Better. Together.

The passion behind IACoPi is very inspiring. We hope that through the process of working together we can grow and improve our tool for education.


Even the students in Iowa are excited about Symbaloo. A student from Jordan Creek Elementary has created the following video to show how easy it is to use Symbaloo.

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Carver: “Printing Press Moment”

Preparing for the last large group meeting of IACOPi educators later this month, a small group of leaders met to discuss the plan of action. It was most fitting to have Mr. John Carver,  Superintendent from Van Meter, Iowa, speak to the group. As a leader in educational change in the state and across the country, Carver spoke about the struggles and joys that accompany change. He shared his own story about the transformation of Van Meter  into a 21st Century School, as well as his inspiring grandmother who predicted a return to “one-room schoolhouse” type of education. We appreciate the continued support of Mr. Carver in helping to give a voice to the innovative changes made by Iowa Educators! The following is a twitter story from his talk created on storify.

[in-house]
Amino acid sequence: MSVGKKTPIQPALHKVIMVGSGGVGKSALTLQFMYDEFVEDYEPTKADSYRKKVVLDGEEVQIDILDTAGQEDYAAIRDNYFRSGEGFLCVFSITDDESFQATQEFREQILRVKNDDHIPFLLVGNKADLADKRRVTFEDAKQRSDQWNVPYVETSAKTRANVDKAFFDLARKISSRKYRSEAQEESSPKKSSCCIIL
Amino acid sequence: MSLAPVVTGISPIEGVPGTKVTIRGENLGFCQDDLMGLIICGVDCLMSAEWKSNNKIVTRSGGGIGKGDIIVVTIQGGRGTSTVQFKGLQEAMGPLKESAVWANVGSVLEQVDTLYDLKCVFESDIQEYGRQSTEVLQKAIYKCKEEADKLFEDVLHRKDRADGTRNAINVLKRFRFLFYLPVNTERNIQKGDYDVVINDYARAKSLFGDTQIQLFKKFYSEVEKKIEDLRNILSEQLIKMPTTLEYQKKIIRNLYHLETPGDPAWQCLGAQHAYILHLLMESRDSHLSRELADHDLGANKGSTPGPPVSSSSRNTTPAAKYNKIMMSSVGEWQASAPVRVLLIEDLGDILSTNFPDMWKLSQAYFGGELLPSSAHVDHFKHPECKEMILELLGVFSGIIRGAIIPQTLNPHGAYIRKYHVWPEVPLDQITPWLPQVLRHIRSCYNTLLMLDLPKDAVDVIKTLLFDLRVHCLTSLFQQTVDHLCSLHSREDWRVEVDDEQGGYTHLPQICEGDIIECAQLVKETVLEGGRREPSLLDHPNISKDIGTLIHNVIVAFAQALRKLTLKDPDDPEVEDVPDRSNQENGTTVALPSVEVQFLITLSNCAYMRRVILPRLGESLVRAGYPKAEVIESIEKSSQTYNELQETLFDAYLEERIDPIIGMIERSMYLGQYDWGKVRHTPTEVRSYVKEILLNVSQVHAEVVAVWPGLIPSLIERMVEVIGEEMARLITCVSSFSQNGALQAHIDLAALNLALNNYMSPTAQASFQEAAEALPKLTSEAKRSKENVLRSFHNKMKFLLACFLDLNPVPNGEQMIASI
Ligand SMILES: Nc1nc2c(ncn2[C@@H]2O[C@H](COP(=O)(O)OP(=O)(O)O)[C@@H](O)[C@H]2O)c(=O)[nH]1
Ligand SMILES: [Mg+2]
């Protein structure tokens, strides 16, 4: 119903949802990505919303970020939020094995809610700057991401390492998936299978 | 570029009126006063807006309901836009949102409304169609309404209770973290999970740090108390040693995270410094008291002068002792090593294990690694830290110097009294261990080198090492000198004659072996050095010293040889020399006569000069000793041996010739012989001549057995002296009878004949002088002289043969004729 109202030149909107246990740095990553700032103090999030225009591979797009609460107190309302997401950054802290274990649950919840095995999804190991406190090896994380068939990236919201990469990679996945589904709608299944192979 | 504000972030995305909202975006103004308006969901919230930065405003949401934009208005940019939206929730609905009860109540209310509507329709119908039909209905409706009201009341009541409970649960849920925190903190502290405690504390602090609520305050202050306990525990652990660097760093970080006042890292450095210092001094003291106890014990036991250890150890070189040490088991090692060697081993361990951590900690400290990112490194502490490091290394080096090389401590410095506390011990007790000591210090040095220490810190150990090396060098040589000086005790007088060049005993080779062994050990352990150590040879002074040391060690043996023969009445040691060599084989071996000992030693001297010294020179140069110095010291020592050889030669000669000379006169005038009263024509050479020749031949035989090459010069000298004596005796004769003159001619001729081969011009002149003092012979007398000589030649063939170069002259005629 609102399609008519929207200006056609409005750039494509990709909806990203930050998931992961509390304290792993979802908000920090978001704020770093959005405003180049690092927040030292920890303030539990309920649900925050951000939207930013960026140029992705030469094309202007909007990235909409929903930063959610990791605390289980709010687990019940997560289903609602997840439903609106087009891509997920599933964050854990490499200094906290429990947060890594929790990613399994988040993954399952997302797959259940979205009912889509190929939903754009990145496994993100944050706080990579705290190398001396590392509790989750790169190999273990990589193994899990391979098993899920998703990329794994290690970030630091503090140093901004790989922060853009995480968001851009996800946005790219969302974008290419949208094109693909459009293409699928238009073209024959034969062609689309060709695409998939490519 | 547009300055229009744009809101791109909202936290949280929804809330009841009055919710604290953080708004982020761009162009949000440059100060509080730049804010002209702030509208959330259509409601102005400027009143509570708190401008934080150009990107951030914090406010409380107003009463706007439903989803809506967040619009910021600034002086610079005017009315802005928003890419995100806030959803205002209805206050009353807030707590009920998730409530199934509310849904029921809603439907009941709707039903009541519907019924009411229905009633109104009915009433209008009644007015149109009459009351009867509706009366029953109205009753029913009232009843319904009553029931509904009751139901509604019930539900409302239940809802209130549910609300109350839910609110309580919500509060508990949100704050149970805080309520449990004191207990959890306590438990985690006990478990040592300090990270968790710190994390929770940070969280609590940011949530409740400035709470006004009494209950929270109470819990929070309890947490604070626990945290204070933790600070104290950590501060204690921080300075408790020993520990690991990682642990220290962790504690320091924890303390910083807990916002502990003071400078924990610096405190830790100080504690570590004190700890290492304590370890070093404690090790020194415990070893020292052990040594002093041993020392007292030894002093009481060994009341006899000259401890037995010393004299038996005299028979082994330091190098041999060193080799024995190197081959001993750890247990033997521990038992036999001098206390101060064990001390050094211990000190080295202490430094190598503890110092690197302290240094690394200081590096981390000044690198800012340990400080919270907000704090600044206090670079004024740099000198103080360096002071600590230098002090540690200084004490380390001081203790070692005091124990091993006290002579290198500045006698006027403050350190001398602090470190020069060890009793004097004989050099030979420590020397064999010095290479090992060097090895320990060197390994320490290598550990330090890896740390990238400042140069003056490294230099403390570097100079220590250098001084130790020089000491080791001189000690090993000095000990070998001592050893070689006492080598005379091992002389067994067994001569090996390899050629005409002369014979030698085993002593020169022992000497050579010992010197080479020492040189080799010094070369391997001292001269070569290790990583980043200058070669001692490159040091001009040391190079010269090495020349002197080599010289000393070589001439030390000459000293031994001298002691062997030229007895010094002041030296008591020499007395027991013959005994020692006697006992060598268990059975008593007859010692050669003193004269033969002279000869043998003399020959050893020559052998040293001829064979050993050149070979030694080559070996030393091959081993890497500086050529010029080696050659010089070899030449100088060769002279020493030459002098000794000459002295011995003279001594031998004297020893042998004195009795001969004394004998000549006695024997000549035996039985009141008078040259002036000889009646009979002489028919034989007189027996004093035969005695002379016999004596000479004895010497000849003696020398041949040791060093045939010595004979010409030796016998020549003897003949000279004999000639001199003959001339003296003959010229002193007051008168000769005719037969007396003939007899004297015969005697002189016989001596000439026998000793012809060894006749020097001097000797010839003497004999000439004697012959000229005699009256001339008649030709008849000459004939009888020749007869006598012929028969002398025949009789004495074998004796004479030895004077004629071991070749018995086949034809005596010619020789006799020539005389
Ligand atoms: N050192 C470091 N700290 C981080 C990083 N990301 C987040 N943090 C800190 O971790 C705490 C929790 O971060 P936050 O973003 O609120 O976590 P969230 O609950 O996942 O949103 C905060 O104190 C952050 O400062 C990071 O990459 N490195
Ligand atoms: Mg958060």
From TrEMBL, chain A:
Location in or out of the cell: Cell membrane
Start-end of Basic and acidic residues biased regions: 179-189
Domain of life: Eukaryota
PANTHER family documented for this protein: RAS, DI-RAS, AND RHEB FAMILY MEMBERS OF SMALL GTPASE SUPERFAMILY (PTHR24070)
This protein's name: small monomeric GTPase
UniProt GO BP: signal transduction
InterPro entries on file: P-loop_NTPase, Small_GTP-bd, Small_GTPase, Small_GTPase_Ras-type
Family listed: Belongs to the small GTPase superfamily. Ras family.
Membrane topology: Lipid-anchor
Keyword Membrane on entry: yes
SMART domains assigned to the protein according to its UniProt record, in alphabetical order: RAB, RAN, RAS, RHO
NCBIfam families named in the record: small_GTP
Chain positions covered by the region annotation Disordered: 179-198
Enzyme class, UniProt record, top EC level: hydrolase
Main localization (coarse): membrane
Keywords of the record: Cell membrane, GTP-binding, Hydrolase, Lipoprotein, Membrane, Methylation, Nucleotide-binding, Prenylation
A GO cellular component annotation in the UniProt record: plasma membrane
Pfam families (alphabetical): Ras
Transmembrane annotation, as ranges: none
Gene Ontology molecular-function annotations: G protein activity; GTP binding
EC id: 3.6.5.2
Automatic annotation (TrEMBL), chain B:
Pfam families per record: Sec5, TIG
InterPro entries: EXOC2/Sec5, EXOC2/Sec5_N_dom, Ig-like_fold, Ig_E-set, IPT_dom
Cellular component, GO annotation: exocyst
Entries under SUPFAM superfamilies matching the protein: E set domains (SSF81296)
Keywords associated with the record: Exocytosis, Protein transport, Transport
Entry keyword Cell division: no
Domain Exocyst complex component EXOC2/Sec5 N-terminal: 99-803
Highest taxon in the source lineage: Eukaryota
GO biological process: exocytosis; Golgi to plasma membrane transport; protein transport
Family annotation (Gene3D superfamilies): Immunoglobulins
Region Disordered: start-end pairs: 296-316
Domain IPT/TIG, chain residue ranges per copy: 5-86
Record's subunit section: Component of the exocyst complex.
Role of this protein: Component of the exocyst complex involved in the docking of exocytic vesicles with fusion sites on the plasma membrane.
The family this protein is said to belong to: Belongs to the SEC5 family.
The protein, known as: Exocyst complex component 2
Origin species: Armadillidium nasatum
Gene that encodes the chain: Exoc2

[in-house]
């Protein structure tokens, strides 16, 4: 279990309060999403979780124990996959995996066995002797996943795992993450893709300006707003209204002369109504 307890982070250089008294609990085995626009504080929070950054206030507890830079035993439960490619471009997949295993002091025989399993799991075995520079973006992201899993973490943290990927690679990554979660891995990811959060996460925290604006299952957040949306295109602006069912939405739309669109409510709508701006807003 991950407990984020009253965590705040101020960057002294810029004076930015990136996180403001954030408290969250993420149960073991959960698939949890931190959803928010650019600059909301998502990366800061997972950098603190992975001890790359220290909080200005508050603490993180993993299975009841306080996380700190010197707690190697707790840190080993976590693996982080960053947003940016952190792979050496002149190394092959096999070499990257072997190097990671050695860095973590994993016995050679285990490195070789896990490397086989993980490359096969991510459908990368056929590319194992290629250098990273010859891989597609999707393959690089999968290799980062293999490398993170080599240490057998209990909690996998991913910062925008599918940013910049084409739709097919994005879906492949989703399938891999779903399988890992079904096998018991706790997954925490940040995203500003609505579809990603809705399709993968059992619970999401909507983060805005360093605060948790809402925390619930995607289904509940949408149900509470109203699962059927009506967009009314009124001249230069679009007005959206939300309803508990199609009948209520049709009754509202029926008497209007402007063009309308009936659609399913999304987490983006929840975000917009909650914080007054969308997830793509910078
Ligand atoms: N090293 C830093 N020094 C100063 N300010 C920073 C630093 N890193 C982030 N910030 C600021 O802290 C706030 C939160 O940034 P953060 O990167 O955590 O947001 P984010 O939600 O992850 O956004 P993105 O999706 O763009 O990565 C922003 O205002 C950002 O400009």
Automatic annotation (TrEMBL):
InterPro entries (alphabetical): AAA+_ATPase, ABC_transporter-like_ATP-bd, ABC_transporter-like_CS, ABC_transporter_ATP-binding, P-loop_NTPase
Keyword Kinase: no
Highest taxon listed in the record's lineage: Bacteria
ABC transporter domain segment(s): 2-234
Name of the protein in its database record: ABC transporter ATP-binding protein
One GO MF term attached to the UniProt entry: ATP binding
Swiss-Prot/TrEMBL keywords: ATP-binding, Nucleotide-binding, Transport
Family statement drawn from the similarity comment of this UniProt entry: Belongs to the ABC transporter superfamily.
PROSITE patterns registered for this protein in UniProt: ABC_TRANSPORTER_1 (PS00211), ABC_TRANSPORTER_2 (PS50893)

Read the story here




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Blending, Reshaping, Expanding

Laura Horan (@laura_horan) is the Curriculum Coordinator at Manson Northwest Webster.  She has taught grades 3-5 and 7th grade Language Arts.  She has been a part-time consultant with the Prairie Lakes AEA and was a member of the state Iowa Core team.  She blogs at Opening Doors to 21st Century Learning.